NC Fireworks laws

North Carolina’s fireworks laws are pretty restrictive. South Carolina, does have much more inclusive laws, though, and many people travel over the border to get their annual fireworks.Remember, many fireworks you purchase across the border are not legal in North Carolina, so use them at your own risk.

Fireworks that are legal in North Carolina include poppers, sparklers, fountains and other novelty items that don’t explode, spin, leave the ground or fly through the air. These can include:

  • snake and glow worms,
  • smoke devices,
  • noisemakers like snappers and string poppers and
  • wire sparklers.

Illegal Fireworks in North Carolina
Fireworks that are illegal in North Carolina include firecrackers, ones that spin on the ground, roman candles, bottle rockets, or any aerial fireworks.

Essentially, any firework that leaves the ground is not legal in North Carolina.

North Carolina Fireworks Permits
State law requires that anyone shooting indoor or outdoor fireworks must submit an application to the State Fire Marshal, attend a safety class, and pass a written exam. Contact the NCDOI for more details.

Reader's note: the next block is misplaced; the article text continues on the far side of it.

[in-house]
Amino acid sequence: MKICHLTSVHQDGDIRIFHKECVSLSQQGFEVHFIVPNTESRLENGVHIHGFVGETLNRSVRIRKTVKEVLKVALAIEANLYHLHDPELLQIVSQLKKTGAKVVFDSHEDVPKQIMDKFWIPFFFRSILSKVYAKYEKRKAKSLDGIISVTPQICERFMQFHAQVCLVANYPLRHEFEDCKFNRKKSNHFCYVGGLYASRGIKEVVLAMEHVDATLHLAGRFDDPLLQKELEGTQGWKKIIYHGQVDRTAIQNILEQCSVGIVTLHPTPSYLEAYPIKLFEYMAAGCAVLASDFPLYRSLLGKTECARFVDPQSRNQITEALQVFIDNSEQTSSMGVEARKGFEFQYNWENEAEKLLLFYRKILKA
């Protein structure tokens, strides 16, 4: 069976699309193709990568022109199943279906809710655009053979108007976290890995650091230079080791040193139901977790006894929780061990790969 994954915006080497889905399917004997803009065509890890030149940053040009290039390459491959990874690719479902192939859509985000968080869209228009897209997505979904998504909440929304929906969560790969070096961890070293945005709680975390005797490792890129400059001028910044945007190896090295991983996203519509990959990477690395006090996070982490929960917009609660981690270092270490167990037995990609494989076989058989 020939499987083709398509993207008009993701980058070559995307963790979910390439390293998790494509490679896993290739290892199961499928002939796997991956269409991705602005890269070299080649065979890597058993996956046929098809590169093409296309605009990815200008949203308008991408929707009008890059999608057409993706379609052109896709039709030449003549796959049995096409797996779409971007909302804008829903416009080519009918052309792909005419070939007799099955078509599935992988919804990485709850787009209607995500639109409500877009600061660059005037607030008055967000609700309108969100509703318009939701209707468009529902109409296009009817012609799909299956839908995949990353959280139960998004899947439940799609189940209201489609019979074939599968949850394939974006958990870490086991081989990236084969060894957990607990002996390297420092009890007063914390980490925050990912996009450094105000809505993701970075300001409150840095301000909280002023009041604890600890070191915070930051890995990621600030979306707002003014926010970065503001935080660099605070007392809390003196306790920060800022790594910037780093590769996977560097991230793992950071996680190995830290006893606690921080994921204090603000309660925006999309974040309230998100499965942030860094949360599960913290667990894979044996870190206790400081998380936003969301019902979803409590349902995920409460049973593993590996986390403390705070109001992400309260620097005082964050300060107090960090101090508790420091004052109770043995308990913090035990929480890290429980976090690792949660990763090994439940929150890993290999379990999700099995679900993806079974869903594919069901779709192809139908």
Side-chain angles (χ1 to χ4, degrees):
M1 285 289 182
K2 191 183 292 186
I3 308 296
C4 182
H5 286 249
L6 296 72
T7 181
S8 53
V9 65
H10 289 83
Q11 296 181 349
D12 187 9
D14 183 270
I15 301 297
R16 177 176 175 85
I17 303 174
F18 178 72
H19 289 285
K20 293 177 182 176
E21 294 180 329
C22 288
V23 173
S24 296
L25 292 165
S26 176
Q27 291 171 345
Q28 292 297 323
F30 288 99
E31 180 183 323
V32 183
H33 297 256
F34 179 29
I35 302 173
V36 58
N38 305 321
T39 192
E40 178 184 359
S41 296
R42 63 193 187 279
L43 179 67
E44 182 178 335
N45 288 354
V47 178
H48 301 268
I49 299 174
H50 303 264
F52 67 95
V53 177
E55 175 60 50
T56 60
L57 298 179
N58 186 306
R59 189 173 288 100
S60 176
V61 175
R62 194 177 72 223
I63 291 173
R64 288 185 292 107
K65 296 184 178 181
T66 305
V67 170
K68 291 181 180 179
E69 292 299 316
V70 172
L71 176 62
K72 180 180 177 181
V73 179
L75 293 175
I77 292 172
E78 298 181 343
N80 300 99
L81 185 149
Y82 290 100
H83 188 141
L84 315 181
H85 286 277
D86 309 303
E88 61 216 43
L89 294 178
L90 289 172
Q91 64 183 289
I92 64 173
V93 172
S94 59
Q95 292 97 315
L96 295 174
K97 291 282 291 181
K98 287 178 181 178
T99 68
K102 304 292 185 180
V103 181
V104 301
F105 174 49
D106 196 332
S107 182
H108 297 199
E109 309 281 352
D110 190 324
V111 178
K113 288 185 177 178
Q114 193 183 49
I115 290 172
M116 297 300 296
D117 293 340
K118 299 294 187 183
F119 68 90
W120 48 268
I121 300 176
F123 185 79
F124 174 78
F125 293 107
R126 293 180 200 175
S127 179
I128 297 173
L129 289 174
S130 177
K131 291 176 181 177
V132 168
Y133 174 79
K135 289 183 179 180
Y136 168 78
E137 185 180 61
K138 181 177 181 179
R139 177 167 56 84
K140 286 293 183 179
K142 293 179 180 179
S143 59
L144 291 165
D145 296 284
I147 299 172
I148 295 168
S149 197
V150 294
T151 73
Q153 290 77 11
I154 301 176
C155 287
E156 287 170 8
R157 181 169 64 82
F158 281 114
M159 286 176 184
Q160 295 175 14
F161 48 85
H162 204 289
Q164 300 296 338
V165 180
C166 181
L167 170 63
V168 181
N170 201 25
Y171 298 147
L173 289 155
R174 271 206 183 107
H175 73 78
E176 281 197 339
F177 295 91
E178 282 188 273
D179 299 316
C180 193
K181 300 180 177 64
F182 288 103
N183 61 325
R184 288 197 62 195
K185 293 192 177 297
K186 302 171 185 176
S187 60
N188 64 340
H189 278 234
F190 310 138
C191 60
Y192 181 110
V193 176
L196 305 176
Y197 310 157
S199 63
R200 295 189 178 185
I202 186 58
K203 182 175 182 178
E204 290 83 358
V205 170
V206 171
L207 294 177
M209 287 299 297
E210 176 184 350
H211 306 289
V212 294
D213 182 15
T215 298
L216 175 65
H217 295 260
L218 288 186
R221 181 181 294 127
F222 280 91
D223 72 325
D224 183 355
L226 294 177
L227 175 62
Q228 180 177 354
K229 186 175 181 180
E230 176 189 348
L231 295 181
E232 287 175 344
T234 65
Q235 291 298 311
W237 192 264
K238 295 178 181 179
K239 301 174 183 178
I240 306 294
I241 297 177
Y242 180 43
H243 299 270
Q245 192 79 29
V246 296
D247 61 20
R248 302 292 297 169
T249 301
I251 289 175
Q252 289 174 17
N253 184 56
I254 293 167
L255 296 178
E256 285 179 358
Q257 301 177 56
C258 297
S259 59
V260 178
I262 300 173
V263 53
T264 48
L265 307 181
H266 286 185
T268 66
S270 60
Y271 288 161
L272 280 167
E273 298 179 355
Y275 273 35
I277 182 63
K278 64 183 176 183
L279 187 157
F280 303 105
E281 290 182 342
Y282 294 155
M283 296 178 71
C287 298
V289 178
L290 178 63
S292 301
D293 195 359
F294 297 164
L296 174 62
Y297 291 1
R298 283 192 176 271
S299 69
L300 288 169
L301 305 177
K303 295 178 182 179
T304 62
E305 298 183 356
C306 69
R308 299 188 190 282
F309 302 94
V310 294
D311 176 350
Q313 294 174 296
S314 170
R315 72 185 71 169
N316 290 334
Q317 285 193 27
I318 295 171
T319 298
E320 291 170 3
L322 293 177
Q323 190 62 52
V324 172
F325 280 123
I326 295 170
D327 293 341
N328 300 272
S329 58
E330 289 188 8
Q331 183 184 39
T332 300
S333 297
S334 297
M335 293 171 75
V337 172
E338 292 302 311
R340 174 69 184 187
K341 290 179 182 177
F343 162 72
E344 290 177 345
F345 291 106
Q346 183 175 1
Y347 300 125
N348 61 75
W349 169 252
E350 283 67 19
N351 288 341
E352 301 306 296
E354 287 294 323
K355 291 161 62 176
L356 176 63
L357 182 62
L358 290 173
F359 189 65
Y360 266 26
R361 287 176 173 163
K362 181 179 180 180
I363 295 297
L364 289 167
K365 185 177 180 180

Violators of the state’s fireworks law face a misdemeanor charge that is punishable by a fine up to $500 and or imprisonment of up to six months.

You must be 18 years old to legally buy fireworks in North Carolina. The age of fireworks purchase is 16 in South Carolina.

Fireworks Safety
The majority of injuries annually from fireworks though are from smaller devices, like fountains and sparklers. Here are some tips for safety:

  • Buy from reliable fireworks vendors Never alter fireworks or try to make your own,
  • Store fireworks in a cool, dry place
  • Never carry fireworks in your pocket
  • Loose clothing should not be worn while handling fireworks
  • Fireworks are not toys and should only be handled by responsible adults.
  • Have a hose or bucket of water nearby in case of a fire emergency
  • Light one firework at a time and move away from it quickly, if a firework does not light the first time, do not attempt to light it again
  • Ignite your fireworks outdoors on a paved surface, away from grass, trees and other vegetation

Never shoot fireworks from a metal or glass container


Fireworks can traumatize pets. The safest place for your pet on the Fourth of July is at home.

Creating a space at home where pets feel safe and comfortable might include bringing their beds into a laundry room, bathroom or someplace with no windows so they don’t see or hear fireworks.

Keep your pets indoors. Keep the window shades pulled. Make sure they have some other noise like a television or radio.

If your pet is loose in the house, be vigilant when opening outside doors since fireworks can turn animals into escape artists.

If you haven’t already, you also might consider having your pet microchipped.

David Wheeler for NC Senate District 47